For us, Ashland Creek Press has always been a labor of love — and we mean this quite literally! No matter how successful the press has been in any given year, we have never paid ourselves a dime. All money received by Ashland Creek Press goes to author royalties; toward judges’ fees or writers’ prize money; into promotion and events to support our authors, whether for newly launched books or backlist titles; and to the Ashland Creek Press Foundation, which supports animal and environmental organizations that share our mission of making the planet a better place for the future.

We very much look forward to reading your new environmental writing in January, and we thank you in advance for your support. We couldn’t do this without you as writers, readers, and advocates for animals and the planet.

You’ll find our more information on our submissions page; please note that Submittable will not be open until January 1, 2019.

Many thanks, and we wish you a very happy new year!

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Penguins & Patagonia Adventure: Author talks at Rincón Chico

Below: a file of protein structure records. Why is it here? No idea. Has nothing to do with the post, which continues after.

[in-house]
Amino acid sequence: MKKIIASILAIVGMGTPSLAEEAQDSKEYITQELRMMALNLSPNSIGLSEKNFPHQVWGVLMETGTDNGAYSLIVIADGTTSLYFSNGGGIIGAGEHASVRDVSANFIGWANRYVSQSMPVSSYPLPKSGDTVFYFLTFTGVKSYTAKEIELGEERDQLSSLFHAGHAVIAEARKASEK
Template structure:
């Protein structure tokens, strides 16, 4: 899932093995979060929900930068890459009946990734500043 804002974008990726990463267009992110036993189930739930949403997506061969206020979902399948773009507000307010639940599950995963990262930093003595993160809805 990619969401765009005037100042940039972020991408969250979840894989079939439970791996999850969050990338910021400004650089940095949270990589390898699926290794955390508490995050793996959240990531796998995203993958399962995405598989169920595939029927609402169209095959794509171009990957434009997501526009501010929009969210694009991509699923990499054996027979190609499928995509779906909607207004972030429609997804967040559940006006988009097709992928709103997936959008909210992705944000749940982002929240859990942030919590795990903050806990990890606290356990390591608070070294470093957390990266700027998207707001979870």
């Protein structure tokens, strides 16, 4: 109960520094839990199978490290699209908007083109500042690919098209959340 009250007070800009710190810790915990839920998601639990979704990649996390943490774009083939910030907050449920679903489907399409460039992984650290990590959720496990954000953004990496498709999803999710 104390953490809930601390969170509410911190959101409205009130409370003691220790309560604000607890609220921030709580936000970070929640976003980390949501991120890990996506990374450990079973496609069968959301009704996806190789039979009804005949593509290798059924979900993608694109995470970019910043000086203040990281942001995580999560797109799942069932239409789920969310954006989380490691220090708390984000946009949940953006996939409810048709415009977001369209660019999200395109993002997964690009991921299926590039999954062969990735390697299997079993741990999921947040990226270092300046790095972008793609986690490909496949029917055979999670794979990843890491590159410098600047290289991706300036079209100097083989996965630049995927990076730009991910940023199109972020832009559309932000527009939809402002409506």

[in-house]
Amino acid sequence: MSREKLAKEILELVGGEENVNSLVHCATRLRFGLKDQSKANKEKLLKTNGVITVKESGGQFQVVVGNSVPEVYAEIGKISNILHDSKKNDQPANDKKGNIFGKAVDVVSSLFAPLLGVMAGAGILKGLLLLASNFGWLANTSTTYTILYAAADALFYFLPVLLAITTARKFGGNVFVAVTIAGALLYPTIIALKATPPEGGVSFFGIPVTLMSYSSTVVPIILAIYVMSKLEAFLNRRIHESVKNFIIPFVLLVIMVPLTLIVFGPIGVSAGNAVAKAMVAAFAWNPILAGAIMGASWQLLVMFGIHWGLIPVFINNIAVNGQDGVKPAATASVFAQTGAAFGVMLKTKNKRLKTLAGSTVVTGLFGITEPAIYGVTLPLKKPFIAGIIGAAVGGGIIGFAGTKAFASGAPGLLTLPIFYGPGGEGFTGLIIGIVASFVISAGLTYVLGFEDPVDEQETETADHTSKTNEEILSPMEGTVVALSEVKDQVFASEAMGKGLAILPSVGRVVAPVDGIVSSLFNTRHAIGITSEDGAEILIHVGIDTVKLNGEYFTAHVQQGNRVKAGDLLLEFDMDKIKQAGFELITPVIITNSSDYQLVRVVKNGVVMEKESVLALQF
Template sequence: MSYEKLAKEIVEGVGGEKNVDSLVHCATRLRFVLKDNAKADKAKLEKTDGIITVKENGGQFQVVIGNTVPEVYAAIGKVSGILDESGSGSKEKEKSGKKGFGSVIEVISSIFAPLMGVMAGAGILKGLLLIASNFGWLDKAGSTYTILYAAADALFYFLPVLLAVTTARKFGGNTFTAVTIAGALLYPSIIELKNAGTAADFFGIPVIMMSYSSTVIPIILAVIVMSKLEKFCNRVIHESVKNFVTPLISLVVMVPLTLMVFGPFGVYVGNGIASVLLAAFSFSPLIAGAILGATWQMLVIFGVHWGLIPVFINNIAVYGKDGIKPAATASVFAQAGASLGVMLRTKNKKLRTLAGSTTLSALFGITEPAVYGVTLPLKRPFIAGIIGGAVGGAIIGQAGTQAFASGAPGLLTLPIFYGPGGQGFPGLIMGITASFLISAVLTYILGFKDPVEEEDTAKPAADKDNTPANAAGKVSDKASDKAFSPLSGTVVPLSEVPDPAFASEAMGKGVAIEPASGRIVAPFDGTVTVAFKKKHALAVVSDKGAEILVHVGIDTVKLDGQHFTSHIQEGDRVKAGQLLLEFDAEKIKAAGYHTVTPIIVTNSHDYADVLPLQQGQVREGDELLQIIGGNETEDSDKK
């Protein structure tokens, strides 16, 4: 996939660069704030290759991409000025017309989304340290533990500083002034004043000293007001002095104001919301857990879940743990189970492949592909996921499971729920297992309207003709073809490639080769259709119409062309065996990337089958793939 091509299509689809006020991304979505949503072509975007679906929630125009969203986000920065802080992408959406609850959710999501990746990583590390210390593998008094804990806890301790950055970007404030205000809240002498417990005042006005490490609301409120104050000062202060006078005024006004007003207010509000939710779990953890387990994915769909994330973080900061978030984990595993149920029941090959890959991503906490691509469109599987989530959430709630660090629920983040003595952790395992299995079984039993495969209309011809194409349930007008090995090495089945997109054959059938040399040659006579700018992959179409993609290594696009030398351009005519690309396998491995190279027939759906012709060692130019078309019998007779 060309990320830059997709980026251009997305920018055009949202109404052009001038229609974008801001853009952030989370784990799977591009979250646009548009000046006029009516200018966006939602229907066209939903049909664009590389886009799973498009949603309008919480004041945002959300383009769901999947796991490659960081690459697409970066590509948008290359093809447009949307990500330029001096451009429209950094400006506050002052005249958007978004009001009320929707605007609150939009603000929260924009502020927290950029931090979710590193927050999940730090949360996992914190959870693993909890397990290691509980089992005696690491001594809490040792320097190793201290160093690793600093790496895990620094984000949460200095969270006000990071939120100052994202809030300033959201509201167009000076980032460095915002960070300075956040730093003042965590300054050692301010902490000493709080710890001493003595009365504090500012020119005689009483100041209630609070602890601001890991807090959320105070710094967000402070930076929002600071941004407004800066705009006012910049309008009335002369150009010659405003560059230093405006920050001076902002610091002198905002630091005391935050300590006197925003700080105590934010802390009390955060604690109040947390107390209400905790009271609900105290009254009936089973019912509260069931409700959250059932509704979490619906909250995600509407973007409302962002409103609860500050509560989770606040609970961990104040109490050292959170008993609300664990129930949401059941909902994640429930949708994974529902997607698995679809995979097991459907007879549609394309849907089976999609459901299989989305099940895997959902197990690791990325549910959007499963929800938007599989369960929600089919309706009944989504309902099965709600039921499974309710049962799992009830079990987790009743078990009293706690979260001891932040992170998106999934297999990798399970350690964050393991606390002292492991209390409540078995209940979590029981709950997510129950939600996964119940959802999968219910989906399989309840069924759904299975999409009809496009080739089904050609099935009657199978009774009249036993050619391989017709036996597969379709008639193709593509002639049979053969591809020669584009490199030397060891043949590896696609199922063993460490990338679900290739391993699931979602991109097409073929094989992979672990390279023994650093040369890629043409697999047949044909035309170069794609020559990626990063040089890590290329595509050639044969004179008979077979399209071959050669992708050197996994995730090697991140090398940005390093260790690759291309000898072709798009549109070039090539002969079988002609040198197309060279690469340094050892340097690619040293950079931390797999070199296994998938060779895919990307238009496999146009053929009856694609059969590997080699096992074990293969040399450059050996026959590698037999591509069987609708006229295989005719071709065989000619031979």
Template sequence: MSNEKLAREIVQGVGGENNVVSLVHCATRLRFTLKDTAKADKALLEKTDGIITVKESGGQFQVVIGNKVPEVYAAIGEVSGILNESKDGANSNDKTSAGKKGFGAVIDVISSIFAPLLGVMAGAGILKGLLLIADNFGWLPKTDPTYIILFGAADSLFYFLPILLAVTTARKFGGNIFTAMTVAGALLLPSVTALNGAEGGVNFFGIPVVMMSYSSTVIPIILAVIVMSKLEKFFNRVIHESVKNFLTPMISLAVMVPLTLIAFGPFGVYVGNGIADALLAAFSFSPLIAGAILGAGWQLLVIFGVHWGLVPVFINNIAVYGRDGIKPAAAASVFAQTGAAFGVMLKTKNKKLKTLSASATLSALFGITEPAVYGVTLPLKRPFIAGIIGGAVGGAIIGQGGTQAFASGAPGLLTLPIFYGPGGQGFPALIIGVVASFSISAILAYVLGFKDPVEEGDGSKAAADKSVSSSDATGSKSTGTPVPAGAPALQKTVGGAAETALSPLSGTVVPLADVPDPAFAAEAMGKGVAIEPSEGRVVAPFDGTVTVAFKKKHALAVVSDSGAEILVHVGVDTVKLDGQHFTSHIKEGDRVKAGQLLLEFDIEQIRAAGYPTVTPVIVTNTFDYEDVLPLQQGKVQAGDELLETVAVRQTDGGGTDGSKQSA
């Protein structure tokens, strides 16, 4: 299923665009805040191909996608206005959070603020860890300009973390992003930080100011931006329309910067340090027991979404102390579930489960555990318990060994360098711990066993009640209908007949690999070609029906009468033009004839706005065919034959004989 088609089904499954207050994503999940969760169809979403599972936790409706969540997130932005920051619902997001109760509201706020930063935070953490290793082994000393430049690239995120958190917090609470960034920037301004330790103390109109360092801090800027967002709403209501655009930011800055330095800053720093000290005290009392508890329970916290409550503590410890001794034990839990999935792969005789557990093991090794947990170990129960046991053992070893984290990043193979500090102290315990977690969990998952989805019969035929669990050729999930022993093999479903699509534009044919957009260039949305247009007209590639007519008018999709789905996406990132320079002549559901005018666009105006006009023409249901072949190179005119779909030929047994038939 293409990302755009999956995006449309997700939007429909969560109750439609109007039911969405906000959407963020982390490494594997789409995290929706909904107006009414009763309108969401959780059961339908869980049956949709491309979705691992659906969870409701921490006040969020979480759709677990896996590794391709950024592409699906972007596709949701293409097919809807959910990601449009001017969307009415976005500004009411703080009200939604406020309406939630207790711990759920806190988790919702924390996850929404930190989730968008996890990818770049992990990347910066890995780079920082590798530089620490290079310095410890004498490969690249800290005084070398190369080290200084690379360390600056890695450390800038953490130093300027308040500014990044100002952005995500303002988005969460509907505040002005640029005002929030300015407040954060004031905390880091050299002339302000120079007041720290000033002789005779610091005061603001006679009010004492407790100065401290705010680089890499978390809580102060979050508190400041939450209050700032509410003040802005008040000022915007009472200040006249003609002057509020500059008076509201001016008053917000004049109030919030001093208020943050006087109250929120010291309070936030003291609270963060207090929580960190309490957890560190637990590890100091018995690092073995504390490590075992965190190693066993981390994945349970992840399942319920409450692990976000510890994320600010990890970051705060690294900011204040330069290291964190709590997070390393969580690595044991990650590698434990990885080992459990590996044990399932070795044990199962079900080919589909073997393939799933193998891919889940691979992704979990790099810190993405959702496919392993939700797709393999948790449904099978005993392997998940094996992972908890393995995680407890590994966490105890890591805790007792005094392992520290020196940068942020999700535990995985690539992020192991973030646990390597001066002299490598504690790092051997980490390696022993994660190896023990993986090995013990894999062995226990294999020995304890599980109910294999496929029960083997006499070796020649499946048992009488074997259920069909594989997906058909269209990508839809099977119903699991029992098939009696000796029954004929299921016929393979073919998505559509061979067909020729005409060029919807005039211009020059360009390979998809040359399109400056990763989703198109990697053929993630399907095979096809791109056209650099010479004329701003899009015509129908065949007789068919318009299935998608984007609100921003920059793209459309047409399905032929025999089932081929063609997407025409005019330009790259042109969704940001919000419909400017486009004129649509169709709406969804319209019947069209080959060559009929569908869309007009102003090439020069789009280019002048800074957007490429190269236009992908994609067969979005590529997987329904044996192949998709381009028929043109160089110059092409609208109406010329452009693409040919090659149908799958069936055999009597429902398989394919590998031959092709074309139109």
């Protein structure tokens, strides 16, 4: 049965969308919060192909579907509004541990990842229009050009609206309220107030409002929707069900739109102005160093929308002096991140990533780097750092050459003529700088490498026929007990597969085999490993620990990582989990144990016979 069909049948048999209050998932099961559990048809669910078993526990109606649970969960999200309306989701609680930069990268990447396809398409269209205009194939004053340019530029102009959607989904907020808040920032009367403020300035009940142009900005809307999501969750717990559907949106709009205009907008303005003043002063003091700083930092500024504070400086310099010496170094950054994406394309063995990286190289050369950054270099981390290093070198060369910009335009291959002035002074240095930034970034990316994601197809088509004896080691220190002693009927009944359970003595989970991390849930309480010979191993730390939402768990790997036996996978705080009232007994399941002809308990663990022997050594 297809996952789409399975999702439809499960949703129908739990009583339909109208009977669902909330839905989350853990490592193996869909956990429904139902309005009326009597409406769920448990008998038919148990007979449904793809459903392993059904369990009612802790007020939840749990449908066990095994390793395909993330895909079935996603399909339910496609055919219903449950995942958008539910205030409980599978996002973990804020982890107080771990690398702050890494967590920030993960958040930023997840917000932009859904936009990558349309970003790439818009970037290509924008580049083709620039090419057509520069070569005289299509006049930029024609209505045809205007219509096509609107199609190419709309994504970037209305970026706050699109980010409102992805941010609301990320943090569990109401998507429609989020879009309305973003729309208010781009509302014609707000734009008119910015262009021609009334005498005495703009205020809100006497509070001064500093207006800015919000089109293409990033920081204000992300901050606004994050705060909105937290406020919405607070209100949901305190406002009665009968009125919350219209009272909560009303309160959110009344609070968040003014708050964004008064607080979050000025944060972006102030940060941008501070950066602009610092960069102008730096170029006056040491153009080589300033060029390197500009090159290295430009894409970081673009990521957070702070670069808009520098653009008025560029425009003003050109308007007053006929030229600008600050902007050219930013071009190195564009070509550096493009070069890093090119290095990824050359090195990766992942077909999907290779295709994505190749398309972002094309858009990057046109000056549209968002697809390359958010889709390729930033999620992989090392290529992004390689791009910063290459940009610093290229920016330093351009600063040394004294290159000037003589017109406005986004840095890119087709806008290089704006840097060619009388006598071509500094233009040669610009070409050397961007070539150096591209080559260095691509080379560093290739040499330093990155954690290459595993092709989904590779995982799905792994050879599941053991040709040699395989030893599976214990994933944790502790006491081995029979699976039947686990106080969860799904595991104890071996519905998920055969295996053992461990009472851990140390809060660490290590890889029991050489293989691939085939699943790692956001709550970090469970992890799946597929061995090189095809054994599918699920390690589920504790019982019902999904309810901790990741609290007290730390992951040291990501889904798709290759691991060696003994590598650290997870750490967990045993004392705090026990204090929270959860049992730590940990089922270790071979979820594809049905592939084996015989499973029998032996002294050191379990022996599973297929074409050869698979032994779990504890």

On the afternoon we arrived at the gorgeous Estancia Rincón Chico on Península Valdés, it was pouring rain, windy, and cold.

So, we decided to have our author talks and book signing that afternoon, with the timing just perfect for cocktail hour.

It was beyond wonderful to talk about My Last Continent with readers who were seeing firsthand parts of what inspired the novel: volunteering at Punta Tombo, learning so much from experienced penguin researchers, being out in the middle of nowhere with no human sounds other than the wind and the braying of the penguins. I read a few excerpts from the book — one scene set in Punta Tombo, which we’d visited the day before, and one scene set in Antarctica, where half of our group would be headed in a few more days.

And John‘s novel The Tourist Trail was even more fun to talk about, as it’s just been released in a new edition, with the sequel on its way into the world in February of 2019. Also, in The Tourist Trail, Punta Tombo features even more prominently than in My Last Continent, so readers got an even better idea of the colony from reading his novel. John read an excerpt from the book that actually retraced our own steps from the day before.

We enjoyed a fantastic Argentine Malbec as we chatted about the novels and signed books…

…and we had so much fun we forgot all about the wind and rain.